UKIAH — Oregon wildlife officials have authorized killing up to two wolves in the Ukiah Valley south of Pendleton where eight calves were attacked in a three-day span.
The first depredation report came on Sept. 25, when a ranch hand discovered one dead and six injured calves in a 200-acre private pasture. All were about six months old and weighed between 450 and 550 pounds. Two of the injured livestock were later euthanized.
Another calf was also found dead on Sept. 28 in the same pasture. In each case, the animals had pre-mortem bite marks suggesting they were attacked by a predator. Their injuries consisted of tooth scrapes, punctures and tears that were consistent with wolves.
The Oregon Department of Fish and Wildlife issued a permit on Oct. 1 allowing the rancher to kill up to two wolves on a portion of the private land, located in the Heppner and Ukiah wildlife management units.
The permit is restricted to shooting wolves from the ground, and expires Oct. 31, when the two wolves are killed or when the cattle are removed from the area — whichever comes first.
While ODFW has chalked up the depredations to wolves, the agency does not know which pack caused the injuries.
The Ukiah Pack, which roams parts of southern Umatilla and Union counties, was not in the area, according to GPS collar data.
ODFW is now monitoring the nearby Fivemile Pack to see if it is using territory farther east than biologists originally thought.
In addition, the agency says recent public reports have indicated a new group of wolves within 10 miles southeast of where the depredations happened.
“ODFW has identified an initial area around the presence of the depredating wolves in the Ukiah Valley area to address associated risk to livestock,” the agency said in a statement. “ODFW staff are monitoring the region to confirm resident activity by new wolves as well as confirm the current movements of the Fivemile Pack.”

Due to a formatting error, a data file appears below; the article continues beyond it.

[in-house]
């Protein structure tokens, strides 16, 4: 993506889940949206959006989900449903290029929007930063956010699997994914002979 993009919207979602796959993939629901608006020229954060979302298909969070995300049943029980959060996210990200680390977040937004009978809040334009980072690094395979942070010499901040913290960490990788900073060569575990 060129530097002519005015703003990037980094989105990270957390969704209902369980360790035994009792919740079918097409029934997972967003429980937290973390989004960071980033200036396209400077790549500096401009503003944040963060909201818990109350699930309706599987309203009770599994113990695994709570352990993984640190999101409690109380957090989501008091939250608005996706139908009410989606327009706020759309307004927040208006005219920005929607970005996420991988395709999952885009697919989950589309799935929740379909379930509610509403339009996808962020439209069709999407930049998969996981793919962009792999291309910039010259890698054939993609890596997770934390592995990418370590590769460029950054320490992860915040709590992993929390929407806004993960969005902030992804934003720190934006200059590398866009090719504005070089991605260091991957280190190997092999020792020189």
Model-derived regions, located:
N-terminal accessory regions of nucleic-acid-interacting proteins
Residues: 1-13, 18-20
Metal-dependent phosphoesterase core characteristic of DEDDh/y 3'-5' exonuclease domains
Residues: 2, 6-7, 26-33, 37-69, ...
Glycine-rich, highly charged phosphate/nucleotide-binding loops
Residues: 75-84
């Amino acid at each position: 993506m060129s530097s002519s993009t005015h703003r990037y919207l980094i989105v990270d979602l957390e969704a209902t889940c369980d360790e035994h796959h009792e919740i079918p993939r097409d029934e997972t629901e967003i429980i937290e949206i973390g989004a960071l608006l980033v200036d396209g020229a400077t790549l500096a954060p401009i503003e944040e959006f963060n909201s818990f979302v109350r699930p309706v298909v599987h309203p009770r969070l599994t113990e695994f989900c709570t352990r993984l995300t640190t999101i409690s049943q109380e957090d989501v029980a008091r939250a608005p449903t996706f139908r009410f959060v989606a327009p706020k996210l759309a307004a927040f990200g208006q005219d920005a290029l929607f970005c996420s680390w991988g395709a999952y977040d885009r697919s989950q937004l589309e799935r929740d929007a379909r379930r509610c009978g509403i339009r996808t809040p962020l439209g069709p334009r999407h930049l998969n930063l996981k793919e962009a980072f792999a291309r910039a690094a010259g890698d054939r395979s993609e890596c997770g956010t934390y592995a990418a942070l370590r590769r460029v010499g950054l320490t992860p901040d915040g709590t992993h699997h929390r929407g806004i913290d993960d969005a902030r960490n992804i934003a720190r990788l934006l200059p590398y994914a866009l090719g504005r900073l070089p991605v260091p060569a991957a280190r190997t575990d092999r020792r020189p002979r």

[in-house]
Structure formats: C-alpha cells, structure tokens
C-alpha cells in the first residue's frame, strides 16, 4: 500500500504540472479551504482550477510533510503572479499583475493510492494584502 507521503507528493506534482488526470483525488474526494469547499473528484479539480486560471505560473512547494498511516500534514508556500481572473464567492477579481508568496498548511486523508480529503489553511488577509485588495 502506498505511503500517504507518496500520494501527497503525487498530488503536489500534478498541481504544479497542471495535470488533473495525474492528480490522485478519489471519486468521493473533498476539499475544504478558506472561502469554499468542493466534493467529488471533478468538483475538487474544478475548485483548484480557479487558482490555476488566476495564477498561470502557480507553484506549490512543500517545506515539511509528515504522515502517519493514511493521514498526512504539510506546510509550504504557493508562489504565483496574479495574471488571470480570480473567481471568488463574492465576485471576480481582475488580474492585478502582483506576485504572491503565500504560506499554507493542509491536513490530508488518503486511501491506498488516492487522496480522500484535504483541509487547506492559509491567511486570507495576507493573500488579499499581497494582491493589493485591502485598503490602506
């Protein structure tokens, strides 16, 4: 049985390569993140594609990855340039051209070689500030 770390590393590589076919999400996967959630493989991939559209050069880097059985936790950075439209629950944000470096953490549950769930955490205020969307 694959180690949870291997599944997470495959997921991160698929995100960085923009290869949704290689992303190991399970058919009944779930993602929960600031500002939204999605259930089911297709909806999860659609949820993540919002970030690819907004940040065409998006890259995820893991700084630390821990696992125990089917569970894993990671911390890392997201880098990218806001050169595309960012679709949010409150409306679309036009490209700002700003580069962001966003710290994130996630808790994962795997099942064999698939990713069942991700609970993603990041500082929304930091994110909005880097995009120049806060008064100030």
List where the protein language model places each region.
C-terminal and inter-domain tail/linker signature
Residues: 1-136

Under the state’s Wolf Conservation and Management Plan, wolves in Eastern Oregon may be subject to lethal control if they have two confirmed depredations in a nine-month period.
The plan also stipulates that ranchers must be using appropriate non-lethal deterrents before lethal control may be considered. Prior to the first depredation, ODFW says the rancher had removed dead animal carcasses from the landscape to avoid inadvertently luring wolves to the pasture, and was continually monitoring the health of the cow herd.
After the first depredation, the rancher has had employees stay with the cattle each night, adding a human presence to further prevent wolves from returning.
Already this year, ODFW has issued three permits to kill wolves for “chronic depredation” in Eastern Oregon.
The agency shot two wolf pups from the Lookout Mountain Pack in Baker County in August, and then killed three more wolves from the pack — including the alpha male — in September after livestock depredations did not stop.
ODFW also approved killing one wolf from the OR-30 group after the predators attacked two calves and five sheep in June and July near Meacham. That permit eventually expired without any wolves being shot.
Rodger Huffman, a Union County rancher and co-chairman of the Oregon Cattlemen’s Association wolf committee, said ranchers have long been frustrated with the state’s management of wolves. He said the number of depredations confirmed by the agency is lower than the actual losses producers face.
“We have a wolf management and conservation plan, and conservation has clearly been the first and highest priority,” Huffman said. “We’re just asking very respectfully that at least management be 50% of the equation in this.”
Environmental groups, on the other hand, staunchly oppose killing wolves and continue to fight to overturn the federal government’s decision to take wolves off the list of endangered species.
On Sept. 15, the Biden administration announced it would review the status of gray wolves in the northern Rocky Mountains, which could potentially restore endangered species protections in Idaho, Montana, Wyoming and the eastern one-third of Oregon and Washington.
Oregon’s minimum known wolf population is 173 as of the most recent count at the end of 2020.